Der Spiegel has a lengthy article based upon a new book by historians Sönke Neitzel and Harald Welzer called Soldaten (no English version yet, unfortunately). It's based on the transcripts of secret recordings made of the conversations of German POWs captured by British and American forces in the Second World War. They would have talked about many things, but the article focuses on the war crimes which the soldiers, sailors and airmen discuss quite candidly among themselves, as perhaps they never did again in their lives. It's quite horrifying reading. But as far as the German army is concerned, the details of the war crimes committed in the East and elsewhere, while shocking, aren't all that new. It's more unusual to see evidence of the war crimes carried out by the men of the Luftwaffe. I've extracted those particular transcripts from the article. ...continue reading →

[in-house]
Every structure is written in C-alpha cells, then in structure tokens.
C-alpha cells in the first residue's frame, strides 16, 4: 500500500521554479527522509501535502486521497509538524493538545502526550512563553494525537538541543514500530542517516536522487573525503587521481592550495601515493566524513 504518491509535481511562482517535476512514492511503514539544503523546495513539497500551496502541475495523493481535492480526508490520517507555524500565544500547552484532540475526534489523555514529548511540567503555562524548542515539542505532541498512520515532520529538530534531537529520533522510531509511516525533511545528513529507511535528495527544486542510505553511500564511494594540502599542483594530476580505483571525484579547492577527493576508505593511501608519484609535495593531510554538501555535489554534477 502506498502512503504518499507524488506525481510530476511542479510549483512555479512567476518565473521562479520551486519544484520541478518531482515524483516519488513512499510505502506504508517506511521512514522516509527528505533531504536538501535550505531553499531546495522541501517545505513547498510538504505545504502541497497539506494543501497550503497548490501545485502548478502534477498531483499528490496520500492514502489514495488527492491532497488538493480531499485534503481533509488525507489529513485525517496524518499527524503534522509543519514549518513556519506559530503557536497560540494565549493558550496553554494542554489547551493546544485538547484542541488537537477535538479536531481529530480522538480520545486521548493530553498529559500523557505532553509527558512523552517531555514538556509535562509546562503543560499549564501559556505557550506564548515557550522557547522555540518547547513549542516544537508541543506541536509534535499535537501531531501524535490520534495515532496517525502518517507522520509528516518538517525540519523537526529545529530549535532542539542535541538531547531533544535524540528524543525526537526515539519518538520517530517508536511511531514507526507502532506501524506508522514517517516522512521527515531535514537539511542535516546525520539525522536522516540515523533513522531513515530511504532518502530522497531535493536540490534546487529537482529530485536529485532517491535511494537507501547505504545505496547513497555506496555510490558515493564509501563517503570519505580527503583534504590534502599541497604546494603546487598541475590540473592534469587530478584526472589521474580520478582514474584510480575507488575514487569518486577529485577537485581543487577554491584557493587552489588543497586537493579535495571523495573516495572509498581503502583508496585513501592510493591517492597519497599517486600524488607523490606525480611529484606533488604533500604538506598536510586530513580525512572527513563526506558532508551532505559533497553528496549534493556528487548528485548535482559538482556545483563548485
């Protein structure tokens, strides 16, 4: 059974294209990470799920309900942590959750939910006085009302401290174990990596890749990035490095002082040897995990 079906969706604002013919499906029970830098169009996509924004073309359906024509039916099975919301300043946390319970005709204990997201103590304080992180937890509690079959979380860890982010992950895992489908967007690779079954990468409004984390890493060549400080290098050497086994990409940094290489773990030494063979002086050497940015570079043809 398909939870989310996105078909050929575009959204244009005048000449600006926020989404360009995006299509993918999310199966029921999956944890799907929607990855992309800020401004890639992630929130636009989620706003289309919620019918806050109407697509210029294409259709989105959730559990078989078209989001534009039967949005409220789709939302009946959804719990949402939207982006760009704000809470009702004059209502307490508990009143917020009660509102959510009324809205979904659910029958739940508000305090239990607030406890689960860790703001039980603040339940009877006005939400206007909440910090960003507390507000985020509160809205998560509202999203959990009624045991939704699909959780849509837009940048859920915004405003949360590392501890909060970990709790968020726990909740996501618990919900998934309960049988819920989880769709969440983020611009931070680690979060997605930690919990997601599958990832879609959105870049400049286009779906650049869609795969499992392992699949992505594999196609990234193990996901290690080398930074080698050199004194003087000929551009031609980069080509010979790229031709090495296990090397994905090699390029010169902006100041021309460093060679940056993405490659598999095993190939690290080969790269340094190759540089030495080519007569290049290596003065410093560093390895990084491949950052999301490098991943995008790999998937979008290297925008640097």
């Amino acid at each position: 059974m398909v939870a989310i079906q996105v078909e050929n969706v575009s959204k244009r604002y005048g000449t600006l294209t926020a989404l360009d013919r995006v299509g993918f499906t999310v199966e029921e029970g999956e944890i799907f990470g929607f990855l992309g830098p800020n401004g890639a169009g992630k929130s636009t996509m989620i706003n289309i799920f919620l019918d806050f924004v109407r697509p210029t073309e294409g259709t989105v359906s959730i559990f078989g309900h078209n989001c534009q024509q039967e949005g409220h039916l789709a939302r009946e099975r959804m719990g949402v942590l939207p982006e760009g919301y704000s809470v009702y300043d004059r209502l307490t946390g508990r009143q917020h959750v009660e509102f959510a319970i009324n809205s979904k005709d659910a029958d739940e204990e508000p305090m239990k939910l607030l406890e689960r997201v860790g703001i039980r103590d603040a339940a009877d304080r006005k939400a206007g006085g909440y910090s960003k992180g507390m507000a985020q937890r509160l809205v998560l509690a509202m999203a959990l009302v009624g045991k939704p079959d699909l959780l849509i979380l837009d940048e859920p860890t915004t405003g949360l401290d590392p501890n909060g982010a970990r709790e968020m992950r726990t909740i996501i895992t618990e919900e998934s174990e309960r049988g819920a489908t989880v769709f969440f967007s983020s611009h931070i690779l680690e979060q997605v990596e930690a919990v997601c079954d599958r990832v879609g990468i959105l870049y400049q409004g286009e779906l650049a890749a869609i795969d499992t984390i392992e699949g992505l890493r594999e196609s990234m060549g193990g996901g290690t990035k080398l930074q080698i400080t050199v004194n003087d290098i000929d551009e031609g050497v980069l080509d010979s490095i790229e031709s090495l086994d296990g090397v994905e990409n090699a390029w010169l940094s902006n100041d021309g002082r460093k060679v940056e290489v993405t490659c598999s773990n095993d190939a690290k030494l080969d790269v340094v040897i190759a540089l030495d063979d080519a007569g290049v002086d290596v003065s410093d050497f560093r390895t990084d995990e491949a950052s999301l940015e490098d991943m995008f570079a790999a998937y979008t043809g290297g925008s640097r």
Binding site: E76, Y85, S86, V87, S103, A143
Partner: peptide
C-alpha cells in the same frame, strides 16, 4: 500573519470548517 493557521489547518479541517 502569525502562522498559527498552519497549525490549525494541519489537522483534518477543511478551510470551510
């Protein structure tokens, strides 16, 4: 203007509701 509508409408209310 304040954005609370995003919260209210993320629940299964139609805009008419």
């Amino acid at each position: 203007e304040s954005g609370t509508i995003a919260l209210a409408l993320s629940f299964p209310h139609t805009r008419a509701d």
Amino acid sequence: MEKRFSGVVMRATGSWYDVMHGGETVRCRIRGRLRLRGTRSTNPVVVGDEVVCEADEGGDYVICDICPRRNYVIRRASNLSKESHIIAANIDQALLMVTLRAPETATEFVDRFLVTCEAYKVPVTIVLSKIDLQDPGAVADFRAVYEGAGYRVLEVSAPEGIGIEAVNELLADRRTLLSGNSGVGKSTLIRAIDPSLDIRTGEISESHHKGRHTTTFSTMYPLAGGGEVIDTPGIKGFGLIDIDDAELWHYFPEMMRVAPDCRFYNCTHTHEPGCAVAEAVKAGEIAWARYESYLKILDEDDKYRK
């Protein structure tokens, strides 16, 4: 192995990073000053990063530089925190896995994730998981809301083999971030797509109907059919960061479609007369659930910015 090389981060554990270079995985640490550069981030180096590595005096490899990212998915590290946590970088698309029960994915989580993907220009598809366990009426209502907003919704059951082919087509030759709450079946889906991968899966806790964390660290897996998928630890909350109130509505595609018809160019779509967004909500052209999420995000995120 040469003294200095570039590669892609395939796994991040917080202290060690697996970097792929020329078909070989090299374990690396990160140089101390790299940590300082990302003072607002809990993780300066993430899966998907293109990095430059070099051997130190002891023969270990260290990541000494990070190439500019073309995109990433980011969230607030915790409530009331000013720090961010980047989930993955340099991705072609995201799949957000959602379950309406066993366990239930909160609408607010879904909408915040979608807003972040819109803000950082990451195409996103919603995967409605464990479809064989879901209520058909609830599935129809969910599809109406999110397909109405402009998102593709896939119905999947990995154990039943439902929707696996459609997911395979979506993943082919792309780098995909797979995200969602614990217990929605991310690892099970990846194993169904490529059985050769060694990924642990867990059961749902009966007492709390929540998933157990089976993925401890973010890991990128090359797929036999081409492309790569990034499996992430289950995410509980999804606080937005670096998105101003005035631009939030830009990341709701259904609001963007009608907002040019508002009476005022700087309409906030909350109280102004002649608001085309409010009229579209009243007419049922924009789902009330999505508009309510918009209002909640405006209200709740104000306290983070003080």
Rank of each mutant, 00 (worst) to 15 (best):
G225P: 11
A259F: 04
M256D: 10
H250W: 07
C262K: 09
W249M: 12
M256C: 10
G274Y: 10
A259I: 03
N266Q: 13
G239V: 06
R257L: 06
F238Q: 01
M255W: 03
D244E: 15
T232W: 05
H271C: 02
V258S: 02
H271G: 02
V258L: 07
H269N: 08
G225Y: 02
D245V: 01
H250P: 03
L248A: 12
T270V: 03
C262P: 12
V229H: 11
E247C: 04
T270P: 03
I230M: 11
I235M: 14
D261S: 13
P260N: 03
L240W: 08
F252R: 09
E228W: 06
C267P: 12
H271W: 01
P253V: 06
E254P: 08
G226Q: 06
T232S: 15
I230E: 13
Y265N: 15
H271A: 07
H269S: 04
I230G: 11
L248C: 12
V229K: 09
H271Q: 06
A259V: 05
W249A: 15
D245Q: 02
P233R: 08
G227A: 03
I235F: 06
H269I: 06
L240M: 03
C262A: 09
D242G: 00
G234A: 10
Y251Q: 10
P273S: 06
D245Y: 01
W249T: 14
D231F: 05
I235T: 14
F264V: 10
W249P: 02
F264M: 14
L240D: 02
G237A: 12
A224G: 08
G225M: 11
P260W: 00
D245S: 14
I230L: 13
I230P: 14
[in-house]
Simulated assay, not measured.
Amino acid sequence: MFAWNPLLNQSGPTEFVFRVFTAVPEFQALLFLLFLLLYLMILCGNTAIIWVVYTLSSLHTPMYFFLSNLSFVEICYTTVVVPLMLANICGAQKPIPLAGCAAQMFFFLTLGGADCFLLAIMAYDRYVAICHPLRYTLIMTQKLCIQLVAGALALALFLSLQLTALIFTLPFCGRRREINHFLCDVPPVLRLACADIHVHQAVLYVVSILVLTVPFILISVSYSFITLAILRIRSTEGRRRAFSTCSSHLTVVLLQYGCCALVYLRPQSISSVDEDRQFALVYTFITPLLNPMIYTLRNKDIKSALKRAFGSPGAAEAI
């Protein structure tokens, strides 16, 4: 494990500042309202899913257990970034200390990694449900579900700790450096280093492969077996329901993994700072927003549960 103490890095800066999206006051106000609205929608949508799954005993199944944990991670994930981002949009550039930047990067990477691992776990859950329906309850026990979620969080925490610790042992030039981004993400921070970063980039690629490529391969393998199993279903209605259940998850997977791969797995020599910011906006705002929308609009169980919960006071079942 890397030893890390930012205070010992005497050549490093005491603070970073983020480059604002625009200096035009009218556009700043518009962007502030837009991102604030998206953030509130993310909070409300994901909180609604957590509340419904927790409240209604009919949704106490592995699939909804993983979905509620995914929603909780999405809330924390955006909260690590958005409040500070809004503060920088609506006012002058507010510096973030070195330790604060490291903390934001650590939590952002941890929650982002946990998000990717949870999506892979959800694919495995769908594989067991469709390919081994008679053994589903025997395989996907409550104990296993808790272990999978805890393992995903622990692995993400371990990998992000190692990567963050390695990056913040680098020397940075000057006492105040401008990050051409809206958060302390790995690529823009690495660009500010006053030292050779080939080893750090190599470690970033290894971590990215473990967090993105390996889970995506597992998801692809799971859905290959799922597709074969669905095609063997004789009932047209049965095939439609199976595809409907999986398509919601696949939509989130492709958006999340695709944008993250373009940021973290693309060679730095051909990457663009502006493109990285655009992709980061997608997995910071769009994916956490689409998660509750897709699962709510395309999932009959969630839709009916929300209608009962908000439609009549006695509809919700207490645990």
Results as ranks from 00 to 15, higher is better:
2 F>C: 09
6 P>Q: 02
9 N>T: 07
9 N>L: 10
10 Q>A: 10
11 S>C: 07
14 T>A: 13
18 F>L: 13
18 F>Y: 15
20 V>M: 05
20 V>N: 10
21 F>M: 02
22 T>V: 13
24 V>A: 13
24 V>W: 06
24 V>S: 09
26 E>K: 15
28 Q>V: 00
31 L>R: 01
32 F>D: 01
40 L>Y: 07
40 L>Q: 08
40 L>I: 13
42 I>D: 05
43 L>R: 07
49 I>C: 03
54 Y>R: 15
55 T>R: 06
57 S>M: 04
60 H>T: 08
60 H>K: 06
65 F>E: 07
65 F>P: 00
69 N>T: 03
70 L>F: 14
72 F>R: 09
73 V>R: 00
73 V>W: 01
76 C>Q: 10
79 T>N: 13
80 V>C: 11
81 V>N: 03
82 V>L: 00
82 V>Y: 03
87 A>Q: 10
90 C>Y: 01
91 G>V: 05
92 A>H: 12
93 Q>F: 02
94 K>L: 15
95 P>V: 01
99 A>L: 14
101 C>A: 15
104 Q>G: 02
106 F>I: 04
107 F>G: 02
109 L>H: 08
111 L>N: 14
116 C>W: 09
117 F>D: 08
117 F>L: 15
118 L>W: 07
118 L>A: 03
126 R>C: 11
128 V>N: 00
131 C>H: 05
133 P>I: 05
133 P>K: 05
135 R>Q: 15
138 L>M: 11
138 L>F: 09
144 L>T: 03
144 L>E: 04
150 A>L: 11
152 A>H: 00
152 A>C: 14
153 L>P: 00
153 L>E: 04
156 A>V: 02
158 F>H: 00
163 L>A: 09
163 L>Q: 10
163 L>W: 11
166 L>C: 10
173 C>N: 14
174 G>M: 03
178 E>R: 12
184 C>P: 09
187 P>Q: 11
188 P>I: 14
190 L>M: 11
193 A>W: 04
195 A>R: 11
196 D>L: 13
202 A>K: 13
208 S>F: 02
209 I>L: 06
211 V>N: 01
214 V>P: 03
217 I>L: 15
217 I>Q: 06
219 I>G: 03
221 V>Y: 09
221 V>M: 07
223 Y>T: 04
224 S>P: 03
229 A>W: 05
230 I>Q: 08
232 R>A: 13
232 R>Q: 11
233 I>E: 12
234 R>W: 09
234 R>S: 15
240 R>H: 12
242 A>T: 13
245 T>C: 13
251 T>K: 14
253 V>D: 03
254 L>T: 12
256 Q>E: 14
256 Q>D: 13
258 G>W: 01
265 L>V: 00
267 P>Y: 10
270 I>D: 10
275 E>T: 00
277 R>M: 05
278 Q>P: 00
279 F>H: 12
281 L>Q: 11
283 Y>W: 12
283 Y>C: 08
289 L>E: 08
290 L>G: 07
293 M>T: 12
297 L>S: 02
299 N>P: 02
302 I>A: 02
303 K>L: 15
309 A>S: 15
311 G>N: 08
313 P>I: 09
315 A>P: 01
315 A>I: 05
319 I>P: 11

This is a BBC interview with Group Captain Robert Lister, recorded in 1980, about his experiences as a junior officer in 20 Squadron on the North-West Frontier. He transferred there in 1935, and flew Audaxes in air control operations against Waziri tribespeople, sometimes in support of the Army, sometimes independently. He candidly notes that the 250-lb bombs were the ones which would be used against villages, but also that leaflets were invariably dropped beforehand, warning of an imminent attack.
But the clip isn't just Lister talking; it's Lister talking over his own cinefilm footage from 1935! Both from the ground and from the air, bombing and strafing Waziri villages. Also to be seen are the detonation of an improvised explosive device planted in the landing strip by the rebels, and one of the goolie chits affixed to the side of every Audax, to be used in the event of a forced landing. Fascinating stuff.